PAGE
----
Django: The Life And Music Of A Gypsy Legend
The excellent biography of Django by Michael Dregni has been released in paperback, so jazz-guitar fans who haven’t read it yet have no excuse for not devouring it posthaste.
This tightly written, slim volume won’t be the definitive word on Django (which means “I awake” in the Gypsy language), but it will be extremely difficult to find or produce a better and more artful treatment in less than 350 pages, given Dregni’s lyrical writing style and his ability to pack germane information into each sentence.
More than just a recounting of Django’s life, the book provides a sensitive picture of Gypsy life in prewar Europe, as well as the musical cauldron that was Paris of the early 1900s, which provided a potent blend of the music of Gypsies, the French Auvergnat and American jazz. This was the stew that produced Django’s hot jazz, more recently called “Gypsy jazz.”
Many jazz fans know the story behind Django’s famous two-finger playing and the caravan fire that rendered his left hand’s ring and pinky fingers immobile. But Django’s triumph wasn’t just about overcoming a physical disability; it was about his musical genius and passion for revolutionary harmonies.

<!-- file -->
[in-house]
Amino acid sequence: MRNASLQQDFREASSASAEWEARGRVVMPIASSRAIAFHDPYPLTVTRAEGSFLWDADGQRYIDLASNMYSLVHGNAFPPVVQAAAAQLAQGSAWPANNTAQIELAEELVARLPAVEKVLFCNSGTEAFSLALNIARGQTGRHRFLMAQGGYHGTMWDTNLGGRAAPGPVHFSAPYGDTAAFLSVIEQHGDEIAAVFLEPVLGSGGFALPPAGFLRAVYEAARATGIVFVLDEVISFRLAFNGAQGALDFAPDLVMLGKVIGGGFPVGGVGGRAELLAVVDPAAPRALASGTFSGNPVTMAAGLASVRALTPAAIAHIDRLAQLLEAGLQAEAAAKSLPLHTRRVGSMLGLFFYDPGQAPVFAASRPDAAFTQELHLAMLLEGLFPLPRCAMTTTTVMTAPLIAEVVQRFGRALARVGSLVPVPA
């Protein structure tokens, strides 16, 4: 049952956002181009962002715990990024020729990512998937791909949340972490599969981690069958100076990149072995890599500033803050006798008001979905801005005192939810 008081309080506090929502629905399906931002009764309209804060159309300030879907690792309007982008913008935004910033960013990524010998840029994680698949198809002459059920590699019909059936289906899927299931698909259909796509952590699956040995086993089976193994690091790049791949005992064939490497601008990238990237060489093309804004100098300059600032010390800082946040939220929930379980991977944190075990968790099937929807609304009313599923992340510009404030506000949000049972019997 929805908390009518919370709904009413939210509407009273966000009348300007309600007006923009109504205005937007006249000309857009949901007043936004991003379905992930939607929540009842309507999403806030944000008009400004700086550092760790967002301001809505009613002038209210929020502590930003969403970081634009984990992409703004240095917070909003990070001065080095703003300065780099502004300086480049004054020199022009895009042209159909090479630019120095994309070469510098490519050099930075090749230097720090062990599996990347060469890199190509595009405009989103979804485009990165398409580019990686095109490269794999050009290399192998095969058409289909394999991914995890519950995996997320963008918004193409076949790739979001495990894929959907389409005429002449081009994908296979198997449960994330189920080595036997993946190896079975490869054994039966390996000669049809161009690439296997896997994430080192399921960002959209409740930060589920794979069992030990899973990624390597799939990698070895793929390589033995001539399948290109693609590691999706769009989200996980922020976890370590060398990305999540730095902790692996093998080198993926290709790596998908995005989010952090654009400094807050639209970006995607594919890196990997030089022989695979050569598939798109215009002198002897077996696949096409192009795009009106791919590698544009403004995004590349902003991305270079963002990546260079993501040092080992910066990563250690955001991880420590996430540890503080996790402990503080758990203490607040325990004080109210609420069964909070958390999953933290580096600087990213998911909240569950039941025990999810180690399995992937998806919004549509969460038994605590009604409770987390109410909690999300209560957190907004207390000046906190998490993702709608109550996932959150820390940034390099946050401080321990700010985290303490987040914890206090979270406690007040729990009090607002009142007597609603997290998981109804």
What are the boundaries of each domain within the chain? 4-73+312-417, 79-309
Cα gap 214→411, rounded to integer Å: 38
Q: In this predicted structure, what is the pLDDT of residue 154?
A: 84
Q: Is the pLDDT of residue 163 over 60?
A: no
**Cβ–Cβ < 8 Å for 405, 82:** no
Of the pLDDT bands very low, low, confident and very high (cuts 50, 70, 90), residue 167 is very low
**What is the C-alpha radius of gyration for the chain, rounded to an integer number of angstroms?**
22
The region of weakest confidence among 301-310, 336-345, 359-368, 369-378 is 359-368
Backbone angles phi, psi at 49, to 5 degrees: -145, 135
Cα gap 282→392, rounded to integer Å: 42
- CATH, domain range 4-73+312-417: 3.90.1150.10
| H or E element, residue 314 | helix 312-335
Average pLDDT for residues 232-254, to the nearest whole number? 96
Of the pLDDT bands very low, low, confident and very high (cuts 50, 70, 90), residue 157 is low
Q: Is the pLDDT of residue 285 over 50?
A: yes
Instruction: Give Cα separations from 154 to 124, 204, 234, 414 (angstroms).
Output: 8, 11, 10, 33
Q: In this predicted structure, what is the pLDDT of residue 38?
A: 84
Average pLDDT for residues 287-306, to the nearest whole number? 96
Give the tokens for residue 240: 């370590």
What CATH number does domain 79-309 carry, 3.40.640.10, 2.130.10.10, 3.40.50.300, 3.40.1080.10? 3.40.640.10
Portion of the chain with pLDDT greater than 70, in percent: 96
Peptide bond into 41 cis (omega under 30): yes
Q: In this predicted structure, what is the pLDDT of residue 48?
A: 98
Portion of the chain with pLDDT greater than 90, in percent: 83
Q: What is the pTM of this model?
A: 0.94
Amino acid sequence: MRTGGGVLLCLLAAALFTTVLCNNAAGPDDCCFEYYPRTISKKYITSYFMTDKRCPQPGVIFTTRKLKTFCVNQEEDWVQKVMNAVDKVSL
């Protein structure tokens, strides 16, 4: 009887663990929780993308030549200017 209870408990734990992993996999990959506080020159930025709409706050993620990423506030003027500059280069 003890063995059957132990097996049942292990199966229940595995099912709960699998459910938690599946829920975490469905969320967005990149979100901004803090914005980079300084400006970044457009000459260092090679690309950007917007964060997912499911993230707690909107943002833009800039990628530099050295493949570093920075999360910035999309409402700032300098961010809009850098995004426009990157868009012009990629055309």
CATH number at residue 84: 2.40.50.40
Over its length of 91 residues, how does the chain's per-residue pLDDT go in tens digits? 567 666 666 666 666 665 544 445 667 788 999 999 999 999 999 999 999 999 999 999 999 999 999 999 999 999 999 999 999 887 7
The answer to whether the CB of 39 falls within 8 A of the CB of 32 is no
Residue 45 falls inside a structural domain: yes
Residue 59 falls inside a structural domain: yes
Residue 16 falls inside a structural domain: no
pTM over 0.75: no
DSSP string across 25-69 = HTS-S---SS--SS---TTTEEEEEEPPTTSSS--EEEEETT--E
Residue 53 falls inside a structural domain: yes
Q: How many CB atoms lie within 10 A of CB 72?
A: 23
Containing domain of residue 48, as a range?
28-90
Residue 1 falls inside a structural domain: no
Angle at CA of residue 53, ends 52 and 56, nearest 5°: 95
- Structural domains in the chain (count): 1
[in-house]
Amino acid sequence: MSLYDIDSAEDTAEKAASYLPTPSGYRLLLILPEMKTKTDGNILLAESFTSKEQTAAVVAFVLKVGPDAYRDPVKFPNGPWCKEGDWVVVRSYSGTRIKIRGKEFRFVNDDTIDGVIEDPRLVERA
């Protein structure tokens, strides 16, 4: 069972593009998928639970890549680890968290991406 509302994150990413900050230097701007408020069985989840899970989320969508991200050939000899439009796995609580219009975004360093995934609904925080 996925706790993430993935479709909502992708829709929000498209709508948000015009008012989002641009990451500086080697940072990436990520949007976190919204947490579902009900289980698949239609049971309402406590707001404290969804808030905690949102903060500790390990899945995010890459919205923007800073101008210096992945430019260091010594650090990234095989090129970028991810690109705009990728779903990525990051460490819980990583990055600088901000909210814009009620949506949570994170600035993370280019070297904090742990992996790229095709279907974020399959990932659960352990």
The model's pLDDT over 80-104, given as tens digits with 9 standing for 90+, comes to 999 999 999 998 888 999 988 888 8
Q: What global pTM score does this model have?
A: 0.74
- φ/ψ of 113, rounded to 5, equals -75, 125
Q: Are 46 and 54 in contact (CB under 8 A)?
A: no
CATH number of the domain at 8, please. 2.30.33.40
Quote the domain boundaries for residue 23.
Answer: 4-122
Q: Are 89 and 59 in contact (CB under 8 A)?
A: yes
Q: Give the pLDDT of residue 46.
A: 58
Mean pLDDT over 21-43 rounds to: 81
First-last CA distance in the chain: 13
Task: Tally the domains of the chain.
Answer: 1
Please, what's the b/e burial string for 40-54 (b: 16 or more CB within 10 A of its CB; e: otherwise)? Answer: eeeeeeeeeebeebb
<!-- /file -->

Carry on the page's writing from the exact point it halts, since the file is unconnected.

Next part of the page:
Born in a wooden caravan on Jan. 23, 1910, while his “kumpania,” or traveling clan of Gypsies, was encamped in Belgium, Django was the son of a basket-making father and a mother who crafted jewelry and danced.
Before mastering the guitar as a child, Django was superlative at stealing chickens, “tickling fish” and catching the “niglo” or hedgehog, which would be turned into a Gypsy delicacy once it had been killed, gutted and cured overnight atop a caravan.
As Django couldn’t read music, or even the written word for most of his life, he learned music by ear—first on violin at age 7—from his extended family, by hiding under Parisian café tables to listen to the French Auvergnat masters and by busking on streets and in cafés. At 12, he received a six-string banjo-guitar. While not practicing on it until his fingertips bled, he slept with it.
Django’s life was as colorful as his music, and Dregni’s book provides a Technicolor look at not only his remarkably vibrant life, but at his culture and music.